Using My iPhone to Edit and Post a Video to YouTube

Last week I did a story on my Snapchat about my Vlogging camera, an Olympus T860. I liked how it came out so I wanted to put it on my YouTube Channel

The first thing I did was to save my Snapchat story on my iPhone before it expired and disappeared forever. Stories disappear after 24 hours.

Normally, I would copy the video from my iPhone to my computer. Then I would edit it in Adobe Premiere Pro CC and upload it to YouTube. But I wanted to see if I could edit everything on my iPhone and have the final result be close to what I was able to do on my computer.

If everything worked okay – and without a lot of hassle – I would know that I could do YouTube videos “on the fly”. I would like to increase my YouTube output in 2016, and being able to shoot, edit and upload videos when I was away from my computer would help with that.

Since I had been thinking about this for a while, I already had copies of my intro, outtro and additional credits placards .JPGs on my iPhone. These are title cards with my channel and social information on them.

Also, I had already downloaded music tracks from YouTube Audio Library to my computer. I used iTunes to load them on my iPhone. Tip: If you do this, add them to a separate Playlist (I called mine “YouTube”) so you can find and review them quickly.

I used the One Stop Photo Notes app to add titles and text to my intro, outtro and credits placards.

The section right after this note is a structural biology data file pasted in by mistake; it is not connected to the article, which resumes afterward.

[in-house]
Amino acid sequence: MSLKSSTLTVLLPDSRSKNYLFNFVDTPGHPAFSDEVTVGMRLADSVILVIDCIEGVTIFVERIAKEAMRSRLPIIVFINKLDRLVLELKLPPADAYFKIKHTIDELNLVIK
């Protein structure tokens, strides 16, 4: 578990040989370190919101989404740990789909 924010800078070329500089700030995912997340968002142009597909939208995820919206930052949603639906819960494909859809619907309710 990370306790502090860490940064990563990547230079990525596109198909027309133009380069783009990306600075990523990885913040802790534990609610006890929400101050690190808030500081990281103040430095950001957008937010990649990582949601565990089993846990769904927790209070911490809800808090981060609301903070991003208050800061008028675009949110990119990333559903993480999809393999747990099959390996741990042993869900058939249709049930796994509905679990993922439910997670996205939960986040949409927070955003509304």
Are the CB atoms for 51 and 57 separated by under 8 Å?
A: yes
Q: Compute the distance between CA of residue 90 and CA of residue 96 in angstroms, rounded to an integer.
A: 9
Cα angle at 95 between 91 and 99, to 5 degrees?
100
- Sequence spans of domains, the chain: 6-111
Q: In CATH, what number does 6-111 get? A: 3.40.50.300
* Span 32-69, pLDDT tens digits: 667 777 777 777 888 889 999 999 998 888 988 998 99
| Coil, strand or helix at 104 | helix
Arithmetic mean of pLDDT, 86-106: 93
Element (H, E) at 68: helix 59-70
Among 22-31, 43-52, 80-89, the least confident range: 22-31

Now I was ready to edit. I used the Videoshop app for this. I imported the Snapchat story video into the app. The app has cut and trim functions, but I found the split video function to be more accurate. That could be just me, though.

Once I had the video split out into different scenes, it was easy to arrange them in the order I wanted by dragged and dropping them on the timeline. The YouTube video has some scenes in a different order than they were in the Snapchat story, but they flow much better. I also cut one scene that was also a total copy of another one.

I added the placards and the music next. It took me a few tries to figure out the volume control for the music. There is a little music note symbol on the timeline. Tapping it brought up the volume control, so I was able to lower the music so it did not overwhelm the voiceover.

I reviewed and adjusted the video many times, then saved it to my camera roll. At this point I used the YouTube app to upload the video to my channel.

The video came out well, but I did learn a few things:

First, the overall volume on the video was a bit low. I will increase it on the next video I do this way.

Second, I need to keep a copy of my show notes template on my iPhone. This is a document that has the info I always want in my video’s discription. This includes the general layout, all of my social media links, production notes (camera used, program edited on, etc.) and so on.

Third, I don’t think the YouTube app has as much functionality as the web version does. I need to dive into this more, but I have not found things like ad setup on it.